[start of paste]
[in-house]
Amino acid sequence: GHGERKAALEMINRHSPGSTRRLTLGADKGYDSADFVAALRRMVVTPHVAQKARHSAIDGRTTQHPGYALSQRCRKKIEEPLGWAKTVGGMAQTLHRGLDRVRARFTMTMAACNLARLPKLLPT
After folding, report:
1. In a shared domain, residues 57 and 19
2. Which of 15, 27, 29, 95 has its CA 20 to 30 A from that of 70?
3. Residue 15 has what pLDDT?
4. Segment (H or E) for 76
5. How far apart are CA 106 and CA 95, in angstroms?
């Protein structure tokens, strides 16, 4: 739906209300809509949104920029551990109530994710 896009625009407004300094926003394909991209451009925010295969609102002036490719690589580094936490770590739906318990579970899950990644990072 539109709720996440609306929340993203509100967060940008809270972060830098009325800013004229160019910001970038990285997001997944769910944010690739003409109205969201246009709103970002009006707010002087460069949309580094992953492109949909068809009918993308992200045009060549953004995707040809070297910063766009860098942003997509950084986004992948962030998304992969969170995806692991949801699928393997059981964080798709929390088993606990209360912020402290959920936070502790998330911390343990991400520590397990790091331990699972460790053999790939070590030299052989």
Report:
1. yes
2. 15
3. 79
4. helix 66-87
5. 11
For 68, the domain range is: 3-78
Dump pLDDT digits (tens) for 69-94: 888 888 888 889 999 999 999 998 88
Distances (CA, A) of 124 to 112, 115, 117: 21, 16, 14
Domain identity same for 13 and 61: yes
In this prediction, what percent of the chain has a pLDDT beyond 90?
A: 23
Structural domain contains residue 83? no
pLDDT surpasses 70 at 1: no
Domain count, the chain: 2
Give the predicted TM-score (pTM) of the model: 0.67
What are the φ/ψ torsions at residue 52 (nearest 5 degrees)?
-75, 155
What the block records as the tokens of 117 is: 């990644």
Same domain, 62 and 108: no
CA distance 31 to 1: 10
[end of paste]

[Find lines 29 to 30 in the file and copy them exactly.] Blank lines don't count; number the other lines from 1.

Same domain, 62 and 108: no
CA distance 31 to 1: 10